Affirmative action does not help just black people, it helps white people as well. When youngsters from different backgrounds come together in a university and learn that much of the awful stuff they hear about each other is not true, all of us benefit.

On the issue of the permanence of preferential policies, I believe we are not near the point where we can think of getting rid of them now. But there is nothing wrong with setting up a procedure whereby they are reviewed every fifteen years or so to see where we are.

There is no escaping the fact that blacks and whites have different perspectives on American society. We blacks have had experiences in America that most whites will never have. I have had the Los Angeles Police Department point loaded guns at me as they pulled me from a car in which I was riding with a white man. I was dressed in a coat and tie, and in fact was at the time an employee of the federal government. Well, that does give a person a certain attitude about the LAPD and about the police in other places that white Americans would have a hard time understanding.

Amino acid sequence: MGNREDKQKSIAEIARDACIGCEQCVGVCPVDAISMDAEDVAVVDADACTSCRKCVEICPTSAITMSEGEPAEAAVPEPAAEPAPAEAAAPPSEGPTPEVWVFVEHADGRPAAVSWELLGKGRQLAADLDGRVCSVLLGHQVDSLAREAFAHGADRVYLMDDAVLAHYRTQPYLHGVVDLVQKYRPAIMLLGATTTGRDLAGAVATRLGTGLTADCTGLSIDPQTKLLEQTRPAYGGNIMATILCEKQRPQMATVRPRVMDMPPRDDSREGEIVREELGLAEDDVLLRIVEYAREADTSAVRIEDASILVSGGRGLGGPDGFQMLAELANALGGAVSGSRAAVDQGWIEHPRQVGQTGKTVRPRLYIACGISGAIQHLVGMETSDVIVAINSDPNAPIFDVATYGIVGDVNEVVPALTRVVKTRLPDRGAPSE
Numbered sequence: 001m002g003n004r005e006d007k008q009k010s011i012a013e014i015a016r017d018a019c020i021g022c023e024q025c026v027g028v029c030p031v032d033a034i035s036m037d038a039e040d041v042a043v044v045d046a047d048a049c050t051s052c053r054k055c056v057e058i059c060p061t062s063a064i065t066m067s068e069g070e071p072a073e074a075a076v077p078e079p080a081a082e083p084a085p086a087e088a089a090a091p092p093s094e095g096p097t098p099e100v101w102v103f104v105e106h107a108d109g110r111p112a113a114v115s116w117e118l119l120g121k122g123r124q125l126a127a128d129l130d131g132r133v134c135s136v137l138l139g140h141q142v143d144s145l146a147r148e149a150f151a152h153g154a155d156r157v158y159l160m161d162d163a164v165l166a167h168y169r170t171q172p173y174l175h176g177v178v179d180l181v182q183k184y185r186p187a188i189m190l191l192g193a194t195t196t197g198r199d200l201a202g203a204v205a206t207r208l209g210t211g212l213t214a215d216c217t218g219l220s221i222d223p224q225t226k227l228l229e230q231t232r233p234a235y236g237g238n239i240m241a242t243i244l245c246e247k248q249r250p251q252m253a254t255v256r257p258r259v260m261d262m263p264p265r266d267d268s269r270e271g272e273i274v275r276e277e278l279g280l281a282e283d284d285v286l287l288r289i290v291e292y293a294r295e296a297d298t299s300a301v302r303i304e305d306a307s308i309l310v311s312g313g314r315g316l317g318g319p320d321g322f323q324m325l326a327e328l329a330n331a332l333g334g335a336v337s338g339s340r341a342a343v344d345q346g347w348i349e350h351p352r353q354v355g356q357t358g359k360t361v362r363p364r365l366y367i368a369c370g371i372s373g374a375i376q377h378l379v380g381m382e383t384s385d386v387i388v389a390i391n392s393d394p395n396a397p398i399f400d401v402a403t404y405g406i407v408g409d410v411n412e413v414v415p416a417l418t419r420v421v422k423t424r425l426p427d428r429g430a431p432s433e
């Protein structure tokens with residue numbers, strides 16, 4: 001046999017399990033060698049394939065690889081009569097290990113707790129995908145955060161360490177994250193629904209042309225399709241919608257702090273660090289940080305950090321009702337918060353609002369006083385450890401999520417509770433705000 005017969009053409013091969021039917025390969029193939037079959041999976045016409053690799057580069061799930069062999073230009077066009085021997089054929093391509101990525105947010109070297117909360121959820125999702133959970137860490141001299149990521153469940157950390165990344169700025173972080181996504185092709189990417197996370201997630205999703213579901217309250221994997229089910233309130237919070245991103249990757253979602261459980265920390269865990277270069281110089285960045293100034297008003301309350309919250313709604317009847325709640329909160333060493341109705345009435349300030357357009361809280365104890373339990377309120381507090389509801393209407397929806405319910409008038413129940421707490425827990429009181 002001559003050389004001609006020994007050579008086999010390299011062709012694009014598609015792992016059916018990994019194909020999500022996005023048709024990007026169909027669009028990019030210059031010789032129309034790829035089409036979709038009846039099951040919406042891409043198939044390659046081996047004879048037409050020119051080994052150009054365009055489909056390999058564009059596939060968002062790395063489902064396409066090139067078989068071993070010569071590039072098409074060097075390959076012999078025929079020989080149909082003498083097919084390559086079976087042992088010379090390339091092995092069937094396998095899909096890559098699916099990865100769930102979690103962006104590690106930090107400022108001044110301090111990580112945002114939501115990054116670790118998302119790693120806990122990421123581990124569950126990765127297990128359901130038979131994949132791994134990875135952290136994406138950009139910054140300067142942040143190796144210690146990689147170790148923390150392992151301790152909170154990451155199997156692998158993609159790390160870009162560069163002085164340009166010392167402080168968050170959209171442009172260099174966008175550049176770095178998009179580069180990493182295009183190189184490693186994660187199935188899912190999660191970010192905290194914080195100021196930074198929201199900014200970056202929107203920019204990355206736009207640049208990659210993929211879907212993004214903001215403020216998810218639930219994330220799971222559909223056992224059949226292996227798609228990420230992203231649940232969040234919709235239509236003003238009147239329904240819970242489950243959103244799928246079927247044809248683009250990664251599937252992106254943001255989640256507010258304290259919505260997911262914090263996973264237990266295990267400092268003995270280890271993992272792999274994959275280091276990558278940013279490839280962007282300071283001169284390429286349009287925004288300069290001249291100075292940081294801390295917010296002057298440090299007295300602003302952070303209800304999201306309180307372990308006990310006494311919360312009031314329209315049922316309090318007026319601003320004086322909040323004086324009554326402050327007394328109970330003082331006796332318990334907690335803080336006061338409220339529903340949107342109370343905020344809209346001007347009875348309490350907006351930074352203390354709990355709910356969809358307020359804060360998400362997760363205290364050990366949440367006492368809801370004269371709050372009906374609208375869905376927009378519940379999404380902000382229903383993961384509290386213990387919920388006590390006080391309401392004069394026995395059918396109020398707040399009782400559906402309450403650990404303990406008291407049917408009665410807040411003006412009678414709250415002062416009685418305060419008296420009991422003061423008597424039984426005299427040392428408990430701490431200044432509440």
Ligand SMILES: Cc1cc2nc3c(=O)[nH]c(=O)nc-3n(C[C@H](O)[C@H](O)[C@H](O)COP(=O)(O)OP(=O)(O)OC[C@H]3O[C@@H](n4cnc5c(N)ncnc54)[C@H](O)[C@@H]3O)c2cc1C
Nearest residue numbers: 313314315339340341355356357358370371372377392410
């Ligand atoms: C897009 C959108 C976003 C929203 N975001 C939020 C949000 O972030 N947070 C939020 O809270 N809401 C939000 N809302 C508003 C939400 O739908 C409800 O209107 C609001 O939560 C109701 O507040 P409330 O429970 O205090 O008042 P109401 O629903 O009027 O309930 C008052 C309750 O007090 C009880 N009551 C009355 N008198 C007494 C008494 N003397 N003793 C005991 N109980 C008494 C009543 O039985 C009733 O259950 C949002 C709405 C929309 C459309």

It is difficult to have civil conversations when people refuse to admit the solid evidence you bring to the table from the experiences of your life. It is difficult for white Americans to deal with these things, because it is a part of this culture to dismiss the experiences of black Americans and to superimpose on us the preconceived notions that many--not all, but many--white Americans hold.

Every white American who opposes affirmative action is not a racist. But some of the white Americans who oppose affirmative action are most definitely deep-in-the-bone racists.